USDA, EPA Evaluating Potential For Water Quality Trading

USDA, EPA Evaluating Potential For Water Quality Trading

USDA, EPA partnership supports the development of water quality trading to benefit environment and economy.

USDA and the Environmental Protection Agency last month announced an expanded partnership to support water quality trading and other market-based approaches that officials say would provide benefits to the environment and economy.

"New water quality trading markets hold incredible potential to benefit rural America by providing new income opportunities and enhancing conservation of water and wildlife habitat," USDA Secretary Tom Vilsack said. "Additionally, these efforts will strengthen businesses across the nation by providing a new pathway to comply with regulatory requirements."

INCOME OPPORTUNITY: New water quality trading markets hold great potential to benefit rural America by helping clean up and protect water supplies, enhance farmers' soil conservation efforts and to provide benefits to local economies, says USDA chief Tom Vilsack.

"EPA is committed to finding collaborative solutions that protect and restore our nation's waterways and the health of the communities that depend on them," said EPA Administrator Gina McCarthy. "We're excited about partnering with USDA to expand support for water quality trading, which shows that environmental improvements can mean a better bottom line for farmers and ranchers."

Cost-effective way for regulated businesses to comply with federal Clean Water Act

Water quality trading provides a cost-effective approach for regulated entities to comply with EPA Clean Water Act requirements, including water quality-based effluent limits in National Pollutant Discharge Elimination System permits, says McCarthy. Trading would allow regulated entities to purchase and use pollutant reduction credits generated by other sources in a watershed. Cost savings and other economic incentives are key motivators for parties engaged in trading.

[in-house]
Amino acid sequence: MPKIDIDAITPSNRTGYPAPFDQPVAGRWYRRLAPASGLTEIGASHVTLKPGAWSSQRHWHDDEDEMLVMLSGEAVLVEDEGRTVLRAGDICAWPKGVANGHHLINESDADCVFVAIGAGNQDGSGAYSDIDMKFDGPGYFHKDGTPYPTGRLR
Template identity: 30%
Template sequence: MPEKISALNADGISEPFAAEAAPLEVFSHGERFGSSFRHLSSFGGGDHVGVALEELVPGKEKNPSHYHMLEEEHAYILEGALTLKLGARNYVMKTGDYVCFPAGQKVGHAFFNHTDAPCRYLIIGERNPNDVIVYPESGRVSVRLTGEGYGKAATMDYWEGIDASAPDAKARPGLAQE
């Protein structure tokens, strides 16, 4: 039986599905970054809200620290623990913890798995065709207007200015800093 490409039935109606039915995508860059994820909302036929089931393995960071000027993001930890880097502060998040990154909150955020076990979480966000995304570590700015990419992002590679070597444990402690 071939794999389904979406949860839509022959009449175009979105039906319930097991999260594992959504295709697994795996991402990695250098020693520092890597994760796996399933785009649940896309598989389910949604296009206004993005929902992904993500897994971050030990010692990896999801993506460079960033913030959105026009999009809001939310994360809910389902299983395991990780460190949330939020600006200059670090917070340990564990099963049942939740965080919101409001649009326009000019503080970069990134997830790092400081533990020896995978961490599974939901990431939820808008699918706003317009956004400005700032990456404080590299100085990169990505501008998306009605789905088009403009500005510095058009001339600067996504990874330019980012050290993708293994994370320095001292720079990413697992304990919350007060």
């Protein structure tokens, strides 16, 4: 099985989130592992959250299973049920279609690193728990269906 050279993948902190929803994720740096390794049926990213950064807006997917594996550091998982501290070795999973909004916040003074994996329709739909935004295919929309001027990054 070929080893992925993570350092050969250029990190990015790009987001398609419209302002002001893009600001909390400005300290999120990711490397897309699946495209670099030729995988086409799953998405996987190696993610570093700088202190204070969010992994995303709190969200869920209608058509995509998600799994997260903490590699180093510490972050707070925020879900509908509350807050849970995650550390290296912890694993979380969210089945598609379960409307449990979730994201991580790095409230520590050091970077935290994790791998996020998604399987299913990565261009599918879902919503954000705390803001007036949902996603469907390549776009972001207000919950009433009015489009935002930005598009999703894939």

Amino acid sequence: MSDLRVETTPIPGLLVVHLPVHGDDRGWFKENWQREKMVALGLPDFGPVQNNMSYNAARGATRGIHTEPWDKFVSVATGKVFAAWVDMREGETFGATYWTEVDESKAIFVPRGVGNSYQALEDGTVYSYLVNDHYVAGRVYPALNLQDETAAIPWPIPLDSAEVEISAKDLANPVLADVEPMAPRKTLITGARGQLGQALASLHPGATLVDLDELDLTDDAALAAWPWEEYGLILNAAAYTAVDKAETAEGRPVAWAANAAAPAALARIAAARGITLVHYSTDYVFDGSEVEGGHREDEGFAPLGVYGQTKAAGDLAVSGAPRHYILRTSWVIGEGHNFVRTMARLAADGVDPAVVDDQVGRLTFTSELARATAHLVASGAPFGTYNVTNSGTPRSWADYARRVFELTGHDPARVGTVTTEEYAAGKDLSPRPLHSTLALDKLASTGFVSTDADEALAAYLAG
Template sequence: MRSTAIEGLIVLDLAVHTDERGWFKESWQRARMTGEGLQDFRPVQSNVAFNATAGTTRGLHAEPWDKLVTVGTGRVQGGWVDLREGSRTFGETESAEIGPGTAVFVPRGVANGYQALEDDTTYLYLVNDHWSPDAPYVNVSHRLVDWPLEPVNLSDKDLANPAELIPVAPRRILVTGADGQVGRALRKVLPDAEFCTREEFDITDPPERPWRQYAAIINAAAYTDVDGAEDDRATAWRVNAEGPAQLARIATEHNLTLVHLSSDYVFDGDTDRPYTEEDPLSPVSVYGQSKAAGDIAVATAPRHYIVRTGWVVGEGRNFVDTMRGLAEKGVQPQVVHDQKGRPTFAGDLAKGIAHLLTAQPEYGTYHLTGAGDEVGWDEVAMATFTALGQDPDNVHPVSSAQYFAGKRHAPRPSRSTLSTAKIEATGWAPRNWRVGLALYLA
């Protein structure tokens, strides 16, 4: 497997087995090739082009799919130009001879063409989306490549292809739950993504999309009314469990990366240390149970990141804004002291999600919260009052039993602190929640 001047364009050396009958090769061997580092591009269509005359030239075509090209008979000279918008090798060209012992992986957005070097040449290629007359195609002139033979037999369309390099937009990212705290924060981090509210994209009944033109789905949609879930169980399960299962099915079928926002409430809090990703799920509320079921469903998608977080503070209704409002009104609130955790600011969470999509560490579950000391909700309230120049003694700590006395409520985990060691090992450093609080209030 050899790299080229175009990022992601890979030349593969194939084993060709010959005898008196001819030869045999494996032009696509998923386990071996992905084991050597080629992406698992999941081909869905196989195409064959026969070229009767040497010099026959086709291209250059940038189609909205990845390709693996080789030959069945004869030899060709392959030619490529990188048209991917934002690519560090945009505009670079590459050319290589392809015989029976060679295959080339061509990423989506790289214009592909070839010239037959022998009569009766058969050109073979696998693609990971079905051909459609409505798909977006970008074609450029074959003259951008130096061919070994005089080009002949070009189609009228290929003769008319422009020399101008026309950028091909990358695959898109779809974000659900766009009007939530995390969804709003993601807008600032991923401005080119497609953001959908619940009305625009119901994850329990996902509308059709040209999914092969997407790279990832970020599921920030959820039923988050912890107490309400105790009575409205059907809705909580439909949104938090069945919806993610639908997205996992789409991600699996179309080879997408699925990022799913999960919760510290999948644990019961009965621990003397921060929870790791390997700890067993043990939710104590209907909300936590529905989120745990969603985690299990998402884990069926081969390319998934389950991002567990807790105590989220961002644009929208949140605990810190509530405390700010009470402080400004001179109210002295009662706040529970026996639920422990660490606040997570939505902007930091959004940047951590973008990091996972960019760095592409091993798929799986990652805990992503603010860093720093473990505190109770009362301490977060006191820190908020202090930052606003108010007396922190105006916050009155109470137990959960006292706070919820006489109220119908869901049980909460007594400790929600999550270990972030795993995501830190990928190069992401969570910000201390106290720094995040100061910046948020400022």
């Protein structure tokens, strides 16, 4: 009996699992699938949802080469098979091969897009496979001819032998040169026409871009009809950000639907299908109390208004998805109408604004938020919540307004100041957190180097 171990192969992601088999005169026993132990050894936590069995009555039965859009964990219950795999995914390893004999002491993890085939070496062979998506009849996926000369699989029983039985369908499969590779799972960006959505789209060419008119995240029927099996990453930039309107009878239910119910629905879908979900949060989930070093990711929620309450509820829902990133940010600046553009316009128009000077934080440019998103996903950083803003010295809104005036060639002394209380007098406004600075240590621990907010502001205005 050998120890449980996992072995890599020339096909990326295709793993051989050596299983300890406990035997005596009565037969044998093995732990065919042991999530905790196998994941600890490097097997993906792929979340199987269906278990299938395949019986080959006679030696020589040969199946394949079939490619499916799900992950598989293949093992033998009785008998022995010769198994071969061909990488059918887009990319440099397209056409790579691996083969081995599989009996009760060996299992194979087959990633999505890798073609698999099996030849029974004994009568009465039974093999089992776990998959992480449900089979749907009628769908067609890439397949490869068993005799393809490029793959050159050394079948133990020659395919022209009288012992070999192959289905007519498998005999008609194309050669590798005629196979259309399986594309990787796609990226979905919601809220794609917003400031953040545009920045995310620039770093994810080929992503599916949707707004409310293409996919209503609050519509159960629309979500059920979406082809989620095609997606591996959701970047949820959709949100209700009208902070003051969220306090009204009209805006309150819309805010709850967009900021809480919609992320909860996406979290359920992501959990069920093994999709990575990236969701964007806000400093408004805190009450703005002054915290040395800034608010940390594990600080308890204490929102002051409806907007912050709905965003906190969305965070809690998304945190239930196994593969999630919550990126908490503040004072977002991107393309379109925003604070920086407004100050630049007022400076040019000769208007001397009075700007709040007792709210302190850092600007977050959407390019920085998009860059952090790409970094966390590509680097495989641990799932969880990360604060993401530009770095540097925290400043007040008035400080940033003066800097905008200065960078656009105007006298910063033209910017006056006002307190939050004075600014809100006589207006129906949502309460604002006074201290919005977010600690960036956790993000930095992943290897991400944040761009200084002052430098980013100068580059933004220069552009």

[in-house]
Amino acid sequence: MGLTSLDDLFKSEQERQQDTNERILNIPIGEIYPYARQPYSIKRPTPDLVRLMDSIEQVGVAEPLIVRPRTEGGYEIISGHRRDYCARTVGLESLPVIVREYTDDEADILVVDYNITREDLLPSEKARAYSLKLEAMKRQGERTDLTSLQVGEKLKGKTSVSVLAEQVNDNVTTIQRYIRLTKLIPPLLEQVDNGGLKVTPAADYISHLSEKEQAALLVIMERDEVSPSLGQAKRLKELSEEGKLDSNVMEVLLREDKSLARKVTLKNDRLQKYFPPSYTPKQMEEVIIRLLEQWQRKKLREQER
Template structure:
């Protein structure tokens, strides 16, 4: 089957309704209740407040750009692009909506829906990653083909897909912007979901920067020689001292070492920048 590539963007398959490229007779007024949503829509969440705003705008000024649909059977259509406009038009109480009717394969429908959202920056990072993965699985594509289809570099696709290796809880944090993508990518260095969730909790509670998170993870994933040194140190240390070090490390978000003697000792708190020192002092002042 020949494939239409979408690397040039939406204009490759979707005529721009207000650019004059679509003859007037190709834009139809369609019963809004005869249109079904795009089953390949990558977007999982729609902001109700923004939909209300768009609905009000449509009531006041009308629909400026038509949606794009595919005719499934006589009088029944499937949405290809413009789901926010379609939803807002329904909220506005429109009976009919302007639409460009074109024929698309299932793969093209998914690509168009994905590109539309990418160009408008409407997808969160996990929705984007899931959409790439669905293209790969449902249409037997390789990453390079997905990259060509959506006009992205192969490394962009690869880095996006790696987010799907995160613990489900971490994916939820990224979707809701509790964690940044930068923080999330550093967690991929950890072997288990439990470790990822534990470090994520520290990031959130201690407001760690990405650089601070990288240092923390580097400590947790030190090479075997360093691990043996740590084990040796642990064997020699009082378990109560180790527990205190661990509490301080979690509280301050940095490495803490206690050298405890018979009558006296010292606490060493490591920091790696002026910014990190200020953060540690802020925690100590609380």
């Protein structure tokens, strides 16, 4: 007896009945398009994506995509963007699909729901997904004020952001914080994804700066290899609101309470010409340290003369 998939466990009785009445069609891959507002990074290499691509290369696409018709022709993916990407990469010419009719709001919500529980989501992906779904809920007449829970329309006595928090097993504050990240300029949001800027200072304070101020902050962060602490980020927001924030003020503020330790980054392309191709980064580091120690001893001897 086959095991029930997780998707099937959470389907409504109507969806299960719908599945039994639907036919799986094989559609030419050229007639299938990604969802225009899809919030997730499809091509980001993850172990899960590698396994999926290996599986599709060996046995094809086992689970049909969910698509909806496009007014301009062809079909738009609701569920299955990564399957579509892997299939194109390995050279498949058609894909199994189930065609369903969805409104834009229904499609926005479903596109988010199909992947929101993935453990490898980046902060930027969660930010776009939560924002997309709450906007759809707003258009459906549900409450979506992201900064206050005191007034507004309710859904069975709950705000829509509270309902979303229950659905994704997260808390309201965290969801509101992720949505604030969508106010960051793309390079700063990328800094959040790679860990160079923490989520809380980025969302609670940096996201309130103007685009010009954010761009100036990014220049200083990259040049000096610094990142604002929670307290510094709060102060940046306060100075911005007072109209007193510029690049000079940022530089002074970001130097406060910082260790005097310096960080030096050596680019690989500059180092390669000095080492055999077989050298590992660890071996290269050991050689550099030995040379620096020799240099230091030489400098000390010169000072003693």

Water quality trading can also provide additional environmental and economic benefits, such as air quality improvement, enhanced wildlife habitat, carbon capture and storage, and new income and employment opportunities for rural America, says McCarthy.

Working together to implement and coordinate policies and programs that encourage water quality trading

EPA and USDA are working together to implement and coordinate policies and programs that encourage water quality trading. "The ag department and our agency will identify opportunities to work collaboratively to help improve water quality trading programs across the country," says McCarthy. "Cooperative management and technical assistance will improve resource management and public services and accelerate implementation."

Upon signing the agreement, the two officials said USDA and EPA will:

* Coordinate and enhance communications and outreach to states, agricultural producers, regulated sources, and interested third parties on water quality trading;

* Engage expertise across agencies in the review of grants, loans or technical assistance programs focused on water quality trading;

* Share information on the development of rules and guidance that have the potential to affect water quality trading;

* Collaborate on developing tools and information resources for states and credit generators to guide decision making, reduce costs in program design and implementation, improve environmental performance, and foster consistency and integrity across regional initiatives;

* Co-host a workshop by 2015 to share tools and resources available to assist in stakeholder decision making and opportunities.

"The purpose of this policy is to support states, interstate agencies and tribes as they develop and implement water quality trading programs for nutrients, sediments and other pollutants where opportunities exist to achieve water quality improvements at reduced costs," said Vilsack.

TAGS: USDA
Hide comments

Comments

  • Allowed HTML tags: <em> <strong> <blockquote> <br> <p>

Plain text

  • No HTML tags allowed.
  • Web page addresses and e-mail addresses turn into links automatically.
  • Lines and paragraphs break automatically.
Publish